Energy drinks are beverages that are meant to be a quick fix for the exhausted and sleepy. What do you do when you feel exhausted and beat but need to stay alert and awake? Simple, you take an energy drink and feel invigorated and instantly alive enough to finish whatever late night work you need to do.
For more than 10 years, energy drinks in the United States have been on the rise, promising consumers more "oomph" in their day. Are energy drinks good for you? Are there any dangers?
It's important not to make a blanket generalization about the term energy drinks because not all energy drinks are created equal. Most of them have one thing in common - they aim to give an extra boost of energy to the person who consumes them. Previous scientific research findings have helped to warn consumers that the pH (potential of hydrogen) levels in beverages such as soda could lead to tooth erosion, the breakdown of tooth structure caused by the effect of acid on the teeth that leads to decay.
The studies revealed that, whether diet or regular, ice tea or root beer, the acidity level in popular beverages that consumers drink every day contributes to the erosion of enamel. The study examined the acidity levels of five popular beverages on the market. The results proved that popular "high energy" and sports drinks had the highest mean buffering capacity, resulting in the strongest potential for erosion of enamel.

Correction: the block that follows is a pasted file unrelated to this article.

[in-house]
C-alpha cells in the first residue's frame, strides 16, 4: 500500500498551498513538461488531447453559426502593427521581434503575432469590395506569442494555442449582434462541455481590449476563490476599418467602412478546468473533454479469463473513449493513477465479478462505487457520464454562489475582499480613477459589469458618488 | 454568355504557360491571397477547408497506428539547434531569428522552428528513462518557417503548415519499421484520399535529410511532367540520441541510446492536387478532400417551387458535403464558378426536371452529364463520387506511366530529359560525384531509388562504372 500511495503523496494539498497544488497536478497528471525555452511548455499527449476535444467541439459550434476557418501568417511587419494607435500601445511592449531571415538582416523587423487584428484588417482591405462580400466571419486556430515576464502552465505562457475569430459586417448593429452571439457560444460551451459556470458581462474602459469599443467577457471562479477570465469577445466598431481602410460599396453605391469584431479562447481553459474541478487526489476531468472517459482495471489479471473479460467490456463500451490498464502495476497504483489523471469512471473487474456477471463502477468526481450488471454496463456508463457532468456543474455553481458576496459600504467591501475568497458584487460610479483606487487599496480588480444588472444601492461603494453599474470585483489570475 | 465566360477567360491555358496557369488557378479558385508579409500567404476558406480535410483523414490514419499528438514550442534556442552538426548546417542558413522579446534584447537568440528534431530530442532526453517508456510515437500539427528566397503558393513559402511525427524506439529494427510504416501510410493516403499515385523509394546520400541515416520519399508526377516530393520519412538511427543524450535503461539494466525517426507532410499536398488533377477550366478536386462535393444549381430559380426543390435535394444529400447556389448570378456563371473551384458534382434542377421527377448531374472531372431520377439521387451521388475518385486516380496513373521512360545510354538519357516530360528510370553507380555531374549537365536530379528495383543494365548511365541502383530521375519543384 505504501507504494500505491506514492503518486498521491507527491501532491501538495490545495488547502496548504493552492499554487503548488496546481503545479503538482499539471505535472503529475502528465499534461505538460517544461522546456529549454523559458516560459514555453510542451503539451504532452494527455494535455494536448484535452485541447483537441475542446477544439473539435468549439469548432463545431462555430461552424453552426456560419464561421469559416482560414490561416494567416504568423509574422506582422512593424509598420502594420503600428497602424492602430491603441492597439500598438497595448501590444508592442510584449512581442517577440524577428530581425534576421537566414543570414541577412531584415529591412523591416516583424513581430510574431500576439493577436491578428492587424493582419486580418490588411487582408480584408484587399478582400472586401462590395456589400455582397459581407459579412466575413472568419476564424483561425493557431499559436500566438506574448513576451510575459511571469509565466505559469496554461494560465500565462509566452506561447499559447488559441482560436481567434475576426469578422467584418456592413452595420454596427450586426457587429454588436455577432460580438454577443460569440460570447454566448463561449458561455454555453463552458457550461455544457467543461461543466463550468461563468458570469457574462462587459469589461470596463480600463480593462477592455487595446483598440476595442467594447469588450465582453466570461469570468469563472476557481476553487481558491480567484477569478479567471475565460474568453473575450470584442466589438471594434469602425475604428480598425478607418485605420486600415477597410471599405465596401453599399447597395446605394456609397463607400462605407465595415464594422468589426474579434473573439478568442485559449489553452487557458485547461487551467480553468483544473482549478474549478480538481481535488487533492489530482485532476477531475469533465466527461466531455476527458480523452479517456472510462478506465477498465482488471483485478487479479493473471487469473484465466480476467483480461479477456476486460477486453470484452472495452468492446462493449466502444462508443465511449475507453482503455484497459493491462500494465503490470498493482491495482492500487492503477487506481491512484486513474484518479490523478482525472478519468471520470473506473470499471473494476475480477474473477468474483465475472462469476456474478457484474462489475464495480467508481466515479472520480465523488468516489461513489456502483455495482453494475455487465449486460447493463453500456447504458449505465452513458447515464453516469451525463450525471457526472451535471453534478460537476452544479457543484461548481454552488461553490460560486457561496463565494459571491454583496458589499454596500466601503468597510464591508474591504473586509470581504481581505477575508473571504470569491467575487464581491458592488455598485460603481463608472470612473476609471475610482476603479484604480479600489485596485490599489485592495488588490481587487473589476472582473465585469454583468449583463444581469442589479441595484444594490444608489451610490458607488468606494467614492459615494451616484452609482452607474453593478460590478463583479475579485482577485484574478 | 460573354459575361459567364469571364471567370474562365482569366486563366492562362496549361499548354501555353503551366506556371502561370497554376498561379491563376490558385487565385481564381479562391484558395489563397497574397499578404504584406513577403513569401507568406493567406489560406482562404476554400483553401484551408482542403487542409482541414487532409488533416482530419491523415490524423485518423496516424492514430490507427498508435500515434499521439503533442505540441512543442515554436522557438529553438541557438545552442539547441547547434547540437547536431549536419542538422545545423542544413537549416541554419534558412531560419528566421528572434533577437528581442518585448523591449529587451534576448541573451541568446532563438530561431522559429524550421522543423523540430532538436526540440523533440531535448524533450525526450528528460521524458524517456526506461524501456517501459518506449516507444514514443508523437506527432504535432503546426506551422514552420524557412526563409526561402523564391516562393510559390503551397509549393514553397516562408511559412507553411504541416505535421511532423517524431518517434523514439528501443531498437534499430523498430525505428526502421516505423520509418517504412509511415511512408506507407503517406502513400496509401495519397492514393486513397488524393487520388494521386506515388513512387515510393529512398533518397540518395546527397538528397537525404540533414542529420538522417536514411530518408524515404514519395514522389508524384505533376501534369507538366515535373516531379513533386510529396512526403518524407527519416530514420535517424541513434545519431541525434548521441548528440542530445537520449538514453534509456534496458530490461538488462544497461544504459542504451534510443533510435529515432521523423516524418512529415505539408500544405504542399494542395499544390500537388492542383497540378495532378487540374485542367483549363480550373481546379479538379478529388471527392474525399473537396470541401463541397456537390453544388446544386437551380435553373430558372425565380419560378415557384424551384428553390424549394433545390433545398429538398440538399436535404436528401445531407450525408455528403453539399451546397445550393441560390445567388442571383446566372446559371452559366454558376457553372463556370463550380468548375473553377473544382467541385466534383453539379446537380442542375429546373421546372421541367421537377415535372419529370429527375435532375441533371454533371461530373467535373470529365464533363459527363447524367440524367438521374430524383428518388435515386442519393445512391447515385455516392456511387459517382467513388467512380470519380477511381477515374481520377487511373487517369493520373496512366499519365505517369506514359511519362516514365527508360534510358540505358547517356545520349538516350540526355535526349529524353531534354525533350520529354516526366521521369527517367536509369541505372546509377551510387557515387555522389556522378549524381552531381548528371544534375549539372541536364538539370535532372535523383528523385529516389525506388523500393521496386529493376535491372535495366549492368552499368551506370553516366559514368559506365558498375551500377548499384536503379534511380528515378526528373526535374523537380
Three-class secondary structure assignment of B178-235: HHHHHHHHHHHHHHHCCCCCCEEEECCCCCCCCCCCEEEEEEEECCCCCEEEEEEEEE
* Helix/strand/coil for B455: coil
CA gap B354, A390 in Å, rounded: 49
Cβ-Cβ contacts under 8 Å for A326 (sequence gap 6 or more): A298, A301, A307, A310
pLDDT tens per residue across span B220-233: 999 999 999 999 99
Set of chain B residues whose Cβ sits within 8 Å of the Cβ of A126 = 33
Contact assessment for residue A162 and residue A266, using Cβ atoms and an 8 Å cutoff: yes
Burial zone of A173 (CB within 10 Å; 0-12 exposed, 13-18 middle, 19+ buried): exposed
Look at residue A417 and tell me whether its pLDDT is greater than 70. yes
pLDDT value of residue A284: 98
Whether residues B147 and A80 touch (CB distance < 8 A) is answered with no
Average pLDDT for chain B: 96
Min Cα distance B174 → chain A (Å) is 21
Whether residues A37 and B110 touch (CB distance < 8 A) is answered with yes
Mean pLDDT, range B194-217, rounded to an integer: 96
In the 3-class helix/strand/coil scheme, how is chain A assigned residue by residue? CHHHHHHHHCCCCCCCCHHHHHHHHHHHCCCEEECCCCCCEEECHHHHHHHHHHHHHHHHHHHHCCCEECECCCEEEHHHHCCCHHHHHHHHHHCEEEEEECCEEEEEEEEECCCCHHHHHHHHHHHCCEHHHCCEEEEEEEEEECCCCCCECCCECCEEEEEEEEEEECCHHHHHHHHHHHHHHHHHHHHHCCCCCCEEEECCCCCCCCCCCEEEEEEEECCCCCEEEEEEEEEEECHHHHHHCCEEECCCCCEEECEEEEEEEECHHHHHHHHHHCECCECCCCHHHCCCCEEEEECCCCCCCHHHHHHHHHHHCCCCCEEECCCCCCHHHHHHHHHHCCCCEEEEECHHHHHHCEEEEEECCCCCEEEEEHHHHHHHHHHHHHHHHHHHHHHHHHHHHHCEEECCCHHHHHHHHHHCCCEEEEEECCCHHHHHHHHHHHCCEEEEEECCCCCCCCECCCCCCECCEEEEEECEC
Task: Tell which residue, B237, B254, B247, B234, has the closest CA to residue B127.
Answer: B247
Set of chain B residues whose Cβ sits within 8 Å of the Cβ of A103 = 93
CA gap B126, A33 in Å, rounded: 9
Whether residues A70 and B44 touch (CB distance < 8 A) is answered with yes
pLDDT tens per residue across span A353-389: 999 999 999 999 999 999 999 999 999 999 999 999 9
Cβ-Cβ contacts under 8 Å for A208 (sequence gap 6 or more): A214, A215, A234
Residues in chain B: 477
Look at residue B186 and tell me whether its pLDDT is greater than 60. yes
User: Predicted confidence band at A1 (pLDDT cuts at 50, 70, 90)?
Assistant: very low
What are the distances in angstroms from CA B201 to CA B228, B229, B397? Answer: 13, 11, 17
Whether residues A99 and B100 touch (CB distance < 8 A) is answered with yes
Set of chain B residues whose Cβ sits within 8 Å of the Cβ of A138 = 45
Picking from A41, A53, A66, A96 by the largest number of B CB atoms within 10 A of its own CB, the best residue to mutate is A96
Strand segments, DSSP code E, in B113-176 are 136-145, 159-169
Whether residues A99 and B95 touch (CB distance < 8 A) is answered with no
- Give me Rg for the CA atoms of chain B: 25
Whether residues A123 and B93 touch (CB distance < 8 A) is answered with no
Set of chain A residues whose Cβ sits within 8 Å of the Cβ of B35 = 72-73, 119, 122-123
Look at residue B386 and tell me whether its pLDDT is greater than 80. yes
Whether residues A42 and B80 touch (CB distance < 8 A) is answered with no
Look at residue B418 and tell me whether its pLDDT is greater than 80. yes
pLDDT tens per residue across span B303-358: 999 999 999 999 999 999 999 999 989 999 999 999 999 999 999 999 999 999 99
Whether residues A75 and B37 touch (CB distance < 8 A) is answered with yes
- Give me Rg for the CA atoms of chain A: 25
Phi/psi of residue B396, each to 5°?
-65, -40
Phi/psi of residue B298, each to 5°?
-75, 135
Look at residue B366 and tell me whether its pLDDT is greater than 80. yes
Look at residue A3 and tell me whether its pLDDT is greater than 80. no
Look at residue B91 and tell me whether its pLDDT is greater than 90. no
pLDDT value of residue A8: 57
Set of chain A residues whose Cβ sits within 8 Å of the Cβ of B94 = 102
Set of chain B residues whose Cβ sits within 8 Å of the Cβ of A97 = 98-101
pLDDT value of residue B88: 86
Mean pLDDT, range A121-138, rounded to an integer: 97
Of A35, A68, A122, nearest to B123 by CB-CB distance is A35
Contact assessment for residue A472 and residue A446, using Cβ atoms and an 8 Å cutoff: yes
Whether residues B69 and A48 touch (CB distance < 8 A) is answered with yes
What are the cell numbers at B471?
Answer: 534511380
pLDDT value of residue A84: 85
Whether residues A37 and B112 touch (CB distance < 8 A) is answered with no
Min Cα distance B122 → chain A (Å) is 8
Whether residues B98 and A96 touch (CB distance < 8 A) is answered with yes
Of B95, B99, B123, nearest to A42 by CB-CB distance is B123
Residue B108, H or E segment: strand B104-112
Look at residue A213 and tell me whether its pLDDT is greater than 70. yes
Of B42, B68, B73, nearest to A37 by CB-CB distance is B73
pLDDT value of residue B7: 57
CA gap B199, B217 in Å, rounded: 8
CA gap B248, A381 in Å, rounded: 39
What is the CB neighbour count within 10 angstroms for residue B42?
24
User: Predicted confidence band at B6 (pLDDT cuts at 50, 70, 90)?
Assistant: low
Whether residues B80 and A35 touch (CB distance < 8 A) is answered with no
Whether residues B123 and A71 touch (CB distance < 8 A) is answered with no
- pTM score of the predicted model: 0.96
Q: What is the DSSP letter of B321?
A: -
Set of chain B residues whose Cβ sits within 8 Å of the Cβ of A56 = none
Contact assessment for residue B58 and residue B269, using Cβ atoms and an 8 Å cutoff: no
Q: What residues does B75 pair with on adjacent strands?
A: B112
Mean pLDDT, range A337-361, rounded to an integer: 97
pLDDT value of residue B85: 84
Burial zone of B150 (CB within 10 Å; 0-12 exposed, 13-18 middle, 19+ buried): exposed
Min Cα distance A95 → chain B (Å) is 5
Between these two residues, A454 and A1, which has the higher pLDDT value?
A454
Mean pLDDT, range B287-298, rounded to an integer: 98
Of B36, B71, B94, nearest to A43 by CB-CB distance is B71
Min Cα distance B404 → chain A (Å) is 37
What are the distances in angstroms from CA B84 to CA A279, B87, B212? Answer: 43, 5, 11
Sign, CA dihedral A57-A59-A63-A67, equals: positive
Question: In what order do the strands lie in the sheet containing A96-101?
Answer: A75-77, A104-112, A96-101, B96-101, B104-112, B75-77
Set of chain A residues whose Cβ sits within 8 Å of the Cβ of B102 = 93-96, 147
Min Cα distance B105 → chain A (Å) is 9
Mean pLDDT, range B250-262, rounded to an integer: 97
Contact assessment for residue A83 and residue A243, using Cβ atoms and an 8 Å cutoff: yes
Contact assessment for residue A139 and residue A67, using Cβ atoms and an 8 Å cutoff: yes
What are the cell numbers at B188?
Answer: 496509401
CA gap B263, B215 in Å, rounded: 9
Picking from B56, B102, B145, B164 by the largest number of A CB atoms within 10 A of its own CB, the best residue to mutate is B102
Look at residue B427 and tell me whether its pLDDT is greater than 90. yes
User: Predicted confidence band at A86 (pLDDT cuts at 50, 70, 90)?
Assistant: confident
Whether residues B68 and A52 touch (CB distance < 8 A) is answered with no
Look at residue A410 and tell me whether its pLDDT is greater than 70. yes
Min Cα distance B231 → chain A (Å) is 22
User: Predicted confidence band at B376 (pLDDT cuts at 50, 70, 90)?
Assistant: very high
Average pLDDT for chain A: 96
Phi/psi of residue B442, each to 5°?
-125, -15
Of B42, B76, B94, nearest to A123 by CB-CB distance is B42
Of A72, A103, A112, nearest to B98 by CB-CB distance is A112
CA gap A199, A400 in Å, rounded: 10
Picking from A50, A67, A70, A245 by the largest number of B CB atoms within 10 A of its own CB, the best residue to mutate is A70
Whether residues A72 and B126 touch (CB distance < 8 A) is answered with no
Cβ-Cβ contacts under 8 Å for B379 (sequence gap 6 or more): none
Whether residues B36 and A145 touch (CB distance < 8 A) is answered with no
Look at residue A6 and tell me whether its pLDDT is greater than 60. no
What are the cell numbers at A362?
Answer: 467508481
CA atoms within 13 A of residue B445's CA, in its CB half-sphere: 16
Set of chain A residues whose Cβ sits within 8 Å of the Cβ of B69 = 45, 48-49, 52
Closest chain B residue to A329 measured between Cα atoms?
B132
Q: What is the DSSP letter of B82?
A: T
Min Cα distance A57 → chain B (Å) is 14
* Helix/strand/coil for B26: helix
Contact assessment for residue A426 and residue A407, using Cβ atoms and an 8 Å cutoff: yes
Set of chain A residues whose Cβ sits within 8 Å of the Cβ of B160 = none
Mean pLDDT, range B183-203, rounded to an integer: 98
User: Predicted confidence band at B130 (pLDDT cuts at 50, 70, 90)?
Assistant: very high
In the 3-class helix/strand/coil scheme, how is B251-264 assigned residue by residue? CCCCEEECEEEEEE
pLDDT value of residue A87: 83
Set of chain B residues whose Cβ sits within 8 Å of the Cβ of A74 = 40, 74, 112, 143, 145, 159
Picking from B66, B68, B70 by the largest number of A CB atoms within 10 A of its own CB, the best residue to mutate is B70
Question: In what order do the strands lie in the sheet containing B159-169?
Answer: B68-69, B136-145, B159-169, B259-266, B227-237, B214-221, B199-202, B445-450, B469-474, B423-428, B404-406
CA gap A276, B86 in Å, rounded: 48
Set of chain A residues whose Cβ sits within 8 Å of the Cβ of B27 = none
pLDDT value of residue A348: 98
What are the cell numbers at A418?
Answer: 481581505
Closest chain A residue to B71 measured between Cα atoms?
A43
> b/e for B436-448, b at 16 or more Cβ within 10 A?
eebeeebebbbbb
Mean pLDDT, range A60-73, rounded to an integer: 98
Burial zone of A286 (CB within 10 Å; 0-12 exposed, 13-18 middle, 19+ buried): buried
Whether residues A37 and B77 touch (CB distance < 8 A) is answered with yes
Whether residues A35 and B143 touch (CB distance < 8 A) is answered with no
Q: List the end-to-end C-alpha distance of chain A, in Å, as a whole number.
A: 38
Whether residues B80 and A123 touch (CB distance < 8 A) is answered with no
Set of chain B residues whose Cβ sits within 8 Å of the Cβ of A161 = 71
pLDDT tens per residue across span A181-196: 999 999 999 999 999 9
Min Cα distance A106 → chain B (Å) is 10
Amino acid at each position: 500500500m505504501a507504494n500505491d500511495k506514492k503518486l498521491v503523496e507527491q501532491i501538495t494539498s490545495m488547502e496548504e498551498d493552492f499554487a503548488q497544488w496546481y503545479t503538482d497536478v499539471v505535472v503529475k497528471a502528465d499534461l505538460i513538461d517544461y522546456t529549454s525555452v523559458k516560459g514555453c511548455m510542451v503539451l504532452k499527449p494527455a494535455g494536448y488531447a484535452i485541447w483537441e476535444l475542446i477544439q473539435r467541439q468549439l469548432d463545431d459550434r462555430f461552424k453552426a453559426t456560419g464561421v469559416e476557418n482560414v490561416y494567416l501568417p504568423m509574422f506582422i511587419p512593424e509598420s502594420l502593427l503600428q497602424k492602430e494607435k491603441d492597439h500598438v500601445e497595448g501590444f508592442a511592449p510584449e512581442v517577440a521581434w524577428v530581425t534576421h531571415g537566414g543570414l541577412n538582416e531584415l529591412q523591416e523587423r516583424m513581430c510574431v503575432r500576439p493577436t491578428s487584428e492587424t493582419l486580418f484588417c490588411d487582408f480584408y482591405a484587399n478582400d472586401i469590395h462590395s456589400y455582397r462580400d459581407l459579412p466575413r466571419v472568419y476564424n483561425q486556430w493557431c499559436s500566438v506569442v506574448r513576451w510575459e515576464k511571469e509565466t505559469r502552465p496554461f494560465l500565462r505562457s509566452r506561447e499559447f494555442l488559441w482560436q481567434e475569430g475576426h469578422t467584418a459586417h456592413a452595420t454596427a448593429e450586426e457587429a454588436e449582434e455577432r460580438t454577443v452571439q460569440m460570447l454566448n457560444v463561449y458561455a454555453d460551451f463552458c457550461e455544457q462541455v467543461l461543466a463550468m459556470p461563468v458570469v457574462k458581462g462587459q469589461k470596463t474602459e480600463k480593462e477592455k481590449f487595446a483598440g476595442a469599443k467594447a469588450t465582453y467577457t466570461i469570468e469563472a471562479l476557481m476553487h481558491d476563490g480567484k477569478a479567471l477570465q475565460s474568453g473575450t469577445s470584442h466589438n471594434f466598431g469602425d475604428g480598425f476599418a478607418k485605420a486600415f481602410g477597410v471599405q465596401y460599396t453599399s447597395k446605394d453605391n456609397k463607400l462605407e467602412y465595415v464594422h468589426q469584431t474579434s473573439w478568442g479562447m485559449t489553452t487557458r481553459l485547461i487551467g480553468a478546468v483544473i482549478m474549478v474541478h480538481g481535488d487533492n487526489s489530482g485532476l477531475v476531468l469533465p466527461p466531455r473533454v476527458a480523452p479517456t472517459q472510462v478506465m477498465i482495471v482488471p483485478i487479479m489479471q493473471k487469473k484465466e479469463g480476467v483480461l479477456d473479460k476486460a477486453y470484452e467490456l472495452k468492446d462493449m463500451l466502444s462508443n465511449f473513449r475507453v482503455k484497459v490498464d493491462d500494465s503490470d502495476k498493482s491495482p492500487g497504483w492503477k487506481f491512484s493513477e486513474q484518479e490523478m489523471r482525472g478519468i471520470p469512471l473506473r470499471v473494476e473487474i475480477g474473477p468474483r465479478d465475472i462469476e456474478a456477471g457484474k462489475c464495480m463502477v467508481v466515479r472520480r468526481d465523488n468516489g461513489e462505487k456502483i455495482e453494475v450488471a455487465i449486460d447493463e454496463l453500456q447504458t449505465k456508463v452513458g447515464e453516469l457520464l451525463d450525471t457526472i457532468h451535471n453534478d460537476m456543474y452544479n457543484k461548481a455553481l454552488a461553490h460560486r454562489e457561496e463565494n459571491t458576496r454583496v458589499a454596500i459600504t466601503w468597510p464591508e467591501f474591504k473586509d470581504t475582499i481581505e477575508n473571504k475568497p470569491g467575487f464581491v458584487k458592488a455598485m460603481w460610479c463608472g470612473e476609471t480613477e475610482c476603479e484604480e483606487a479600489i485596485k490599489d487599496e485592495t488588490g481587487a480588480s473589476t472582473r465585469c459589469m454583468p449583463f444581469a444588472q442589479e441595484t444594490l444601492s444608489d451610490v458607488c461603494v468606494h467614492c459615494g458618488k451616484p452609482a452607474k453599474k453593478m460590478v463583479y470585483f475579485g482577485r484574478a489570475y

What is in an energy drink? First of all, there are actually some energy drinks that are nothing but soda pop with a little extra caffeine added in. This particular energy drink is no worse for you than drinking coffee and soda. In fact, most energy drinks have less caffeine in them than a cup of coffee! A cup of coffee will usually have about 200mg of caffeine. Moderate caffeine intake, however, has been linked to a metabolism boost, possible weight loss, and even mood enhancement. For this reason, some individuals may opt not to avoid caffeine altogether.
The popularity of energy drinks is on the rise, especially among adolescents and young adults. Their permanent teeth are more susceptible to attack from the acids found in soft drinks, due to the porous quality of their immature tooth enamel. As a result, there is high potential for erosion among this age demographic to increase.
However, more research may be needed on the health dangers (or lack thereof) surrounding the herbs like taurine, ginko, and ginseng. Thus, the dangers of energy drinks containing such ingredients will depend on whether these herbs are considered to be good or bad for one's health. And this is highly debatable.
People who drink a great deal more sodas, sports drinks, and energy drinks. The results, if not take dental treatment early and if extensive, can lead to very severe dental issues that would require full mouth rehabilitation to correct.